In a new report, internal investigators say more than $5 million in federal resources were wasted at the U.S. Patent and Trademark Office as a group of workers were allowed to draw full pay, benefits and bonuses while doing little actual work for several years.
“The volume of hours charged to Other Time – which were hours that paralegals were paid their full salary, but were not working – was remarkably high and troubling,” reported the Inspector General at the Commerce Department.
“Other Time” was a designation invented by officials at the Patent Trial and Appeal Board to describe “non-productive hours” in which workers didn’t really do anything, but still were paid.
“In 2011, PTAB paralegals logged more than 27,000 hours to Other Time, and in 2012, nearly 26,000 hours,” the report stated.
“Some paralegals were idle for so long that they stopped telling their supervisors when they ran out of work and just waited for their next assignment,” the study read.
Part of the reason the paralegals were not doing much work was that there was a shortage of judges in the Patent and Trademark Office, a shortage that lasted much longer than exepcted – which then translated into paralegals without enough work to keep them busy.
Several paralegals charged more than half of their yearly hours to “Other Time” – with one acknowledging 66% of the work was in that category in 2011.
Instead of doing work, the paralegals told investigators that they used their time on the job to watch TV, surf the internet, exercise, shop online and do domestic work at home while on telework assignment.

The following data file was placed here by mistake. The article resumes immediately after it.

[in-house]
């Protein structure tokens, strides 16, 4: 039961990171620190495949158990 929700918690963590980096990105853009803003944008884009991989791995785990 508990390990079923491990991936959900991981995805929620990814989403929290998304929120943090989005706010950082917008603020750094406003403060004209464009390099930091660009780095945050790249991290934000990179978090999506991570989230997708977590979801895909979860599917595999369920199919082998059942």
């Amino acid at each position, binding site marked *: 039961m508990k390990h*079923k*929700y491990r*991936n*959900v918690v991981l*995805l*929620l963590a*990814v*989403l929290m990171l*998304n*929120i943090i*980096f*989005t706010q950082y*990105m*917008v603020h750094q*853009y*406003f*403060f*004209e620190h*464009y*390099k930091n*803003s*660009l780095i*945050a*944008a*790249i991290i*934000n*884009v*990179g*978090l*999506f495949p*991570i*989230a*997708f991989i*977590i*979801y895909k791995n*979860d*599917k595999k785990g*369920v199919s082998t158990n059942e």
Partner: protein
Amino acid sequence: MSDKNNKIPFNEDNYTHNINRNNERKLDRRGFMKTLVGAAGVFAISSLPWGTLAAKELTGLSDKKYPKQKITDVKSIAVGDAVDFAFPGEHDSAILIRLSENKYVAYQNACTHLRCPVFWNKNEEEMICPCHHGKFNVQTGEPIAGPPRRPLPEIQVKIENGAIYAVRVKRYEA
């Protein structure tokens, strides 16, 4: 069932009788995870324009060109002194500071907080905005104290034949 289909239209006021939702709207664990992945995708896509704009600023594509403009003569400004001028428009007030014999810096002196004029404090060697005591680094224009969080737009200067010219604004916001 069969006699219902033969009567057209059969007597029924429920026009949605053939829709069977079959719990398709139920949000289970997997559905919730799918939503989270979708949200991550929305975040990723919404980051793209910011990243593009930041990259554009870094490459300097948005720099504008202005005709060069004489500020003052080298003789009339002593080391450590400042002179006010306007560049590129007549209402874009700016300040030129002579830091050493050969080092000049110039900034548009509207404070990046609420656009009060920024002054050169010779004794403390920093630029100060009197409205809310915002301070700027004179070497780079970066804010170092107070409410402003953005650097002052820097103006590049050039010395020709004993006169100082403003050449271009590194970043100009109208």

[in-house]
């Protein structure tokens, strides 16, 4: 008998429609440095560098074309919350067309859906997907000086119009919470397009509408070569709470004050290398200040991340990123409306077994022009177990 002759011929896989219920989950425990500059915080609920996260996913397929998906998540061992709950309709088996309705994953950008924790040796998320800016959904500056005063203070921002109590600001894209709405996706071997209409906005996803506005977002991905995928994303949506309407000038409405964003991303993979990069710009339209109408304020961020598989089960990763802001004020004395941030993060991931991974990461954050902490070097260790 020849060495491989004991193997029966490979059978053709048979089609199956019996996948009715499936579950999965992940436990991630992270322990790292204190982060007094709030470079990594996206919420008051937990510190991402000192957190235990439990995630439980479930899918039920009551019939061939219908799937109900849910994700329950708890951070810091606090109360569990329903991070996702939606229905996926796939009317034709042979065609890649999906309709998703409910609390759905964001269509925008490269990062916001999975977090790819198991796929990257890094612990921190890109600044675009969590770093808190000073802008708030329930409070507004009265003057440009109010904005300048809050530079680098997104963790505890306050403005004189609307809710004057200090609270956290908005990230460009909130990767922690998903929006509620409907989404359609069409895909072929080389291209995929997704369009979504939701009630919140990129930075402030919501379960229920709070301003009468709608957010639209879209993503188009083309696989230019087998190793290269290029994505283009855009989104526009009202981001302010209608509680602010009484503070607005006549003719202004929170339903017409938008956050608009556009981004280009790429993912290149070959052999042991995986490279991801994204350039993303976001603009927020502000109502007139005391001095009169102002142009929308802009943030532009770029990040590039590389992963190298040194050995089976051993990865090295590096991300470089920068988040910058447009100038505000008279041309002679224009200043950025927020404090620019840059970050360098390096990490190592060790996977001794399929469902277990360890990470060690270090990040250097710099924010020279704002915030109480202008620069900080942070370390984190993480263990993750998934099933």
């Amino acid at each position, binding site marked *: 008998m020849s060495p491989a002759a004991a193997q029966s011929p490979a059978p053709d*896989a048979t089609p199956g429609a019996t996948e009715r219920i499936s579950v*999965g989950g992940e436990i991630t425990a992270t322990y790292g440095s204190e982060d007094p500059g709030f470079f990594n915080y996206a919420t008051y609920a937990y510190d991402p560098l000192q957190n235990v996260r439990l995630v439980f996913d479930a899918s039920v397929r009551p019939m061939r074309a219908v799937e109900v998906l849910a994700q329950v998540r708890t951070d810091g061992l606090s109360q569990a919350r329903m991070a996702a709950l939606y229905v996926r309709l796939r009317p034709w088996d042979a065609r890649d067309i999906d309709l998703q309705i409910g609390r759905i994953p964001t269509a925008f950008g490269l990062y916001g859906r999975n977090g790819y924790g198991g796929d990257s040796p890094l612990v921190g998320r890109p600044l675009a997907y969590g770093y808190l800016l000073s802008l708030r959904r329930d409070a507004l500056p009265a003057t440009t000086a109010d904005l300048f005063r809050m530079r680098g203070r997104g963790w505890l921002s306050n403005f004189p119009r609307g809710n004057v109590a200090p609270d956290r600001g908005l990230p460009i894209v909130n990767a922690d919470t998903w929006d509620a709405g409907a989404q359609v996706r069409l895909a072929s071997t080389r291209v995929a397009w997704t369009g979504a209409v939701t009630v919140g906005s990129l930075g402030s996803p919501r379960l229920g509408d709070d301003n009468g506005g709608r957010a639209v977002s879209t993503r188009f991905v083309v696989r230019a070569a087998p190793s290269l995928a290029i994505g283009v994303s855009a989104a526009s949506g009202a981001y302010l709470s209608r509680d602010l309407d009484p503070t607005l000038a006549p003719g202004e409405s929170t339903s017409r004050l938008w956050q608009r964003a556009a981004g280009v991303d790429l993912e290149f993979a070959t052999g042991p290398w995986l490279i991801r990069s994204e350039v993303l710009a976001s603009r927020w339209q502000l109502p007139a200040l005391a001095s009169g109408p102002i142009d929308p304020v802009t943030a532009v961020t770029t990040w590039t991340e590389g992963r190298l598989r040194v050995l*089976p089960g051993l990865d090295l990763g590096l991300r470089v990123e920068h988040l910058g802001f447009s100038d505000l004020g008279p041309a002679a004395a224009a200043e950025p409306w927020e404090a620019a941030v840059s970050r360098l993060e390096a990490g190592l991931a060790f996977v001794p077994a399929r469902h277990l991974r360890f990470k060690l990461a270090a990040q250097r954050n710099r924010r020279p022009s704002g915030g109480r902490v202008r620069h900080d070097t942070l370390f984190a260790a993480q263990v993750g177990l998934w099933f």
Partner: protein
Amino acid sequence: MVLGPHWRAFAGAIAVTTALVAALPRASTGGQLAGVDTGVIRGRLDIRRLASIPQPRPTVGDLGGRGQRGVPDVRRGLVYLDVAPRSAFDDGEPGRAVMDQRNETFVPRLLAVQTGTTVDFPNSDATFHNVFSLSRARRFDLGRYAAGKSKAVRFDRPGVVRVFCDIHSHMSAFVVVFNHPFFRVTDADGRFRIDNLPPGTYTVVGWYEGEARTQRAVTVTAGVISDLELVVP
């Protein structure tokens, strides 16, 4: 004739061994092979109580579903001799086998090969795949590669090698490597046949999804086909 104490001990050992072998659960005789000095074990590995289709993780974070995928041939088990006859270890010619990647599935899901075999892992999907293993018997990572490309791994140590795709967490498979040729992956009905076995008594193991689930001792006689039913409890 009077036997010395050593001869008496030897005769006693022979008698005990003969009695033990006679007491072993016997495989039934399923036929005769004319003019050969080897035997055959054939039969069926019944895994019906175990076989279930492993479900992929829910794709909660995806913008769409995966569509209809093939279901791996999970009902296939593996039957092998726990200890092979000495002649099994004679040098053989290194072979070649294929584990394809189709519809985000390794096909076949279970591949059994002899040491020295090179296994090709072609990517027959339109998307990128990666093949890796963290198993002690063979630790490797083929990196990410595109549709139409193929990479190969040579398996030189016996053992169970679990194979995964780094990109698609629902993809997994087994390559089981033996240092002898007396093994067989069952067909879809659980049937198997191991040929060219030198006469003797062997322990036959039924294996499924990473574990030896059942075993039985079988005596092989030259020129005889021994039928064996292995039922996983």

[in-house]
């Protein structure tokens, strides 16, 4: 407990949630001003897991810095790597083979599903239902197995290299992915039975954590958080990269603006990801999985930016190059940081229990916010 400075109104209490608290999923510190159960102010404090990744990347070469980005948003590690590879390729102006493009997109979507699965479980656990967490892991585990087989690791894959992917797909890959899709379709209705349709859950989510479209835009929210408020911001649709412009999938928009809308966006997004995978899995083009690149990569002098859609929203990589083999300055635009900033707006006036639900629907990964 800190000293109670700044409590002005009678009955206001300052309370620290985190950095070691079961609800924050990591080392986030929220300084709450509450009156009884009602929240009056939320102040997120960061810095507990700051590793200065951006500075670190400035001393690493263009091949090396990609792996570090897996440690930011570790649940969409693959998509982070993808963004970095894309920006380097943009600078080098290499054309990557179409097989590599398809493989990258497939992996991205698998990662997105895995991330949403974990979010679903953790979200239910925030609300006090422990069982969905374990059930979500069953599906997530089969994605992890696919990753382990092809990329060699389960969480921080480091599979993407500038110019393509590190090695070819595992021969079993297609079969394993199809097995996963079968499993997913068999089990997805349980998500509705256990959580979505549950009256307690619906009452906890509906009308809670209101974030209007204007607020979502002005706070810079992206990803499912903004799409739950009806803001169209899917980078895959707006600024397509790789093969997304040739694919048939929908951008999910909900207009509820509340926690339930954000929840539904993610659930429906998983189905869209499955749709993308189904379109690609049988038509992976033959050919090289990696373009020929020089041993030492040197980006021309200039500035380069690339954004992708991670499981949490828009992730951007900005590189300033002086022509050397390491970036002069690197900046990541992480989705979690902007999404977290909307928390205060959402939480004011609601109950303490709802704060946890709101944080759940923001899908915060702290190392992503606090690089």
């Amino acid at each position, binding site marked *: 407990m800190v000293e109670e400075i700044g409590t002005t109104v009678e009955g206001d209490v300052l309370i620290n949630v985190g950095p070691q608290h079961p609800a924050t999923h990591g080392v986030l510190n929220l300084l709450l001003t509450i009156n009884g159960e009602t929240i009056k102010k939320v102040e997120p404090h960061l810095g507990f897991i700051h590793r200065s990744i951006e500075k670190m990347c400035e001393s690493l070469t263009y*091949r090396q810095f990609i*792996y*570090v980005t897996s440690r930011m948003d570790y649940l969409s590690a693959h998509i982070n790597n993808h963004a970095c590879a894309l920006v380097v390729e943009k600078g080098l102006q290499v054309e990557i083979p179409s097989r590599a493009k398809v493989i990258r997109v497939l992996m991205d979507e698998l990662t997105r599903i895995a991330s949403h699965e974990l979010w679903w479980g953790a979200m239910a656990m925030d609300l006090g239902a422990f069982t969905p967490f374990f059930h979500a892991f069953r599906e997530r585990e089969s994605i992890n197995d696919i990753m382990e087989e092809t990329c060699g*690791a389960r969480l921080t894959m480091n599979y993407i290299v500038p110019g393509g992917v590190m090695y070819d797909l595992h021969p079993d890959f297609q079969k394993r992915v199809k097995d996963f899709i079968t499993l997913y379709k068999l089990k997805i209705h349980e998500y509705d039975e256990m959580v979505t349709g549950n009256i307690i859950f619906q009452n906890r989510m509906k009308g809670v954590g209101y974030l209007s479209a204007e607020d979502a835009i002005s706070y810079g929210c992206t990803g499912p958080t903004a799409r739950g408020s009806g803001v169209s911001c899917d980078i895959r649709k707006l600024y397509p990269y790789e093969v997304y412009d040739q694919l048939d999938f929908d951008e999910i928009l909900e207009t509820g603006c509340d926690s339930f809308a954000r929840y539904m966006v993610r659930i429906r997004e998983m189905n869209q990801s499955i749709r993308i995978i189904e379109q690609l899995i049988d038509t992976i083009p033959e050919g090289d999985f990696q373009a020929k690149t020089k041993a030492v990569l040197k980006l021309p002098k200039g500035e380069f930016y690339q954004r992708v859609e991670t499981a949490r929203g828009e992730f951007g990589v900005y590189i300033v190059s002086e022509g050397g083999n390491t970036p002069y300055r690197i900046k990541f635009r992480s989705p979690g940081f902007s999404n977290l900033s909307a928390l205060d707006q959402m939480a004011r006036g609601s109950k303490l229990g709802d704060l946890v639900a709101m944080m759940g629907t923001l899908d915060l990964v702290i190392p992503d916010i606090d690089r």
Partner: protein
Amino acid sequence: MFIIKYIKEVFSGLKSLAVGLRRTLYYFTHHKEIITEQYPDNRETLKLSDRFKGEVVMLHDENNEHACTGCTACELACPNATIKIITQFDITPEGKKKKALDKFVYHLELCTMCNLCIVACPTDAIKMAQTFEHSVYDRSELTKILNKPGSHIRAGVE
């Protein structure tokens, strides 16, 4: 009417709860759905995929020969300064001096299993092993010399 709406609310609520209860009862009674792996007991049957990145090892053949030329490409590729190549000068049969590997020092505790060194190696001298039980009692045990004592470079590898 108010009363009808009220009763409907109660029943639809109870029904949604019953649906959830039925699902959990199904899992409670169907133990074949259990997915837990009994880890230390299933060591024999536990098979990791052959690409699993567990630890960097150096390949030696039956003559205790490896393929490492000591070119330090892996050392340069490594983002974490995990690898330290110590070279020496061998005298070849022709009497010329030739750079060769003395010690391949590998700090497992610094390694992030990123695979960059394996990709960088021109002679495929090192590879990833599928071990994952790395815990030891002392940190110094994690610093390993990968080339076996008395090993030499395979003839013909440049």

Not doing much work, but still getting bonuses
In the report, the Inspector General says managers were well aware paralegals were not doing much work – but did nothing to change the situation.
“Worse, PTAB managers rewarded these paralegals – including those with extensive Other Time hours – with performance bonuses of thousands of dollars apiece,” the report said.
In some cases, employees who logged more than half of their work hours as “Other Time,” “received between $2,000 and $3,500 in performance awards each year.”
Not only did the paralegals who weren’t doing much work get bonuses, but their managers did too, receiving ‘more than $87,000’ between 2009 and 2013.
The report estimated that the lack of work translated into “the waste of federal resources of approximately $5.09 million” in the same four year period.
While the Inspector General praised whistleblower reports for shining light on these work practices, it took too long.
“We credit that one or more whistleblowers eventually alerted the OIG to the waste, although we recognize that no one came forward for more than three years as the Other Time problem grew,” the report stated.